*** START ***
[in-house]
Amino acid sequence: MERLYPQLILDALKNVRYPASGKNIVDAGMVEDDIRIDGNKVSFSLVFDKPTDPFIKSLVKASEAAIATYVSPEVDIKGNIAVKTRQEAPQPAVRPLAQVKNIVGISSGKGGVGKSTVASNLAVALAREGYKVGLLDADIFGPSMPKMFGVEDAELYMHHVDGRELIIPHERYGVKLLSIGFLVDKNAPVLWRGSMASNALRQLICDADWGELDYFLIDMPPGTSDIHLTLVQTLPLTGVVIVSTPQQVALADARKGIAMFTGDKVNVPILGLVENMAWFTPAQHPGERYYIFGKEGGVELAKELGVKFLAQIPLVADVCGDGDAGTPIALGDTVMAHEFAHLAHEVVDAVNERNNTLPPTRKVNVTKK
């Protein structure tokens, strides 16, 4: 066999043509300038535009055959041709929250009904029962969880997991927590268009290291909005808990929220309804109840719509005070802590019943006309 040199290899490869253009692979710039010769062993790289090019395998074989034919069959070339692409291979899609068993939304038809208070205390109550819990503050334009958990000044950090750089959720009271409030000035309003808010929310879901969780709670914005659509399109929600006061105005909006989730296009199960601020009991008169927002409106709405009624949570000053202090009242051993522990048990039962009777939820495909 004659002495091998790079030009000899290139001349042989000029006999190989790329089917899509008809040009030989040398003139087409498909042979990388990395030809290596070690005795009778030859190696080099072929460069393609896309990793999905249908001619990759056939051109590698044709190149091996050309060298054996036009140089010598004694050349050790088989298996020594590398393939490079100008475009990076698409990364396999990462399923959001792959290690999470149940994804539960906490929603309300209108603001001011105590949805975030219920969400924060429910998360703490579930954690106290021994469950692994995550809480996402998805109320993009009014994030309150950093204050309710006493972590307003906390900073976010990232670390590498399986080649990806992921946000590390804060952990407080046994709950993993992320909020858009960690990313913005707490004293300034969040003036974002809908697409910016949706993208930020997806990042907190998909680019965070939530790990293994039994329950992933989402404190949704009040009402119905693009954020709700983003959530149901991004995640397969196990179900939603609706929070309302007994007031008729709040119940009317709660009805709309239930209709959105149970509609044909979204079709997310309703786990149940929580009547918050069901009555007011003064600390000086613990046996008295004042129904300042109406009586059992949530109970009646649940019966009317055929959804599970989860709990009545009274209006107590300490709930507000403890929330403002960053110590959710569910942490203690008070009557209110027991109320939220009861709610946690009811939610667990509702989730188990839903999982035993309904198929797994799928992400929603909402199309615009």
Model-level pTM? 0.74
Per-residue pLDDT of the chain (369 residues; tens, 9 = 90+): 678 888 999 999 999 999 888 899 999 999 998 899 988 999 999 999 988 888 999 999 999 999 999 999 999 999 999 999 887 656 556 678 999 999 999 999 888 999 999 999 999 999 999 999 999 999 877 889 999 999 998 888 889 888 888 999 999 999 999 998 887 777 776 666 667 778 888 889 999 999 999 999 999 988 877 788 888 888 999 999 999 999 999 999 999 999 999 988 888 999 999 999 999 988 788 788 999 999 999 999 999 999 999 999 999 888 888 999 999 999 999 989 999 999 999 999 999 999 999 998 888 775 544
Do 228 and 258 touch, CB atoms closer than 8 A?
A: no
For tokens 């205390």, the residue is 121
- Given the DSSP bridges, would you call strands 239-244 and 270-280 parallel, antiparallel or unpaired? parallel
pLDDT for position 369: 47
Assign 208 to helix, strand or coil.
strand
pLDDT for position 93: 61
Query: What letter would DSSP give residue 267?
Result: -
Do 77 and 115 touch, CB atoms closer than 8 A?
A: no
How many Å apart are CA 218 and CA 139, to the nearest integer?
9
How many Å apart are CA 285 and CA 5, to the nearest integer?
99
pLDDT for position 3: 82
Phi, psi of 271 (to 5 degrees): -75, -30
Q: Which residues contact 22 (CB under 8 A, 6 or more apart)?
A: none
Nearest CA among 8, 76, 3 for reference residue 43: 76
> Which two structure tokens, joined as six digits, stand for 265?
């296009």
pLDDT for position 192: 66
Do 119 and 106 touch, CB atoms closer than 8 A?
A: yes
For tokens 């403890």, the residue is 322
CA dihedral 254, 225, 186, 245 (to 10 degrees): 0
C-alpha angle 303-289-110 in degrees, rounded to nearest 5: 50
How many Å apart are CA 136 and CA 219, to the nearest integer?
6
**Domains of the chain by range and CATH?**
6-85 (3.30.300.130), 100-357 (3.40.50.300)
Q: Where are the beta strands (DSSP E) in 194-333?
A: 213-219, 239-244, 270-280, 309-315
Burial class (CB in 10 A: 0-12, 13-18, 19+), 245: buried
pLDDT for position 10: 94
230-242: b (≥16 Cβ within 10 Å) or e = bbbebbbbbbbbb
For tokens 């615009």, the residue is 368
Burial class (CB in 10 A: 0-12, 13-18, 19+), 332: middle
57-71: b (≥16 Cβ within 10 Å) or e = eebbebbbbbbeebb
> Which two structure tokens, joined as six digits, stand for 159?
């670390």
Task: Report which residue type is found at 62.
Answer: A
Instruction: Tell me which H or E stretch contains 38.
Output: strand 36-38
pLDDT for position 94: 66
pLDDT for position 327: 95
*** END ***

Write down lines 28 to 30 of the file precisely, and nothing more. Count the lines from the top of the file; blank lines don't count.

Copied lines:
């296009």
pLDDT for position 192: 66
Do 119 and 106 touch, CB atoms closer than 8 A?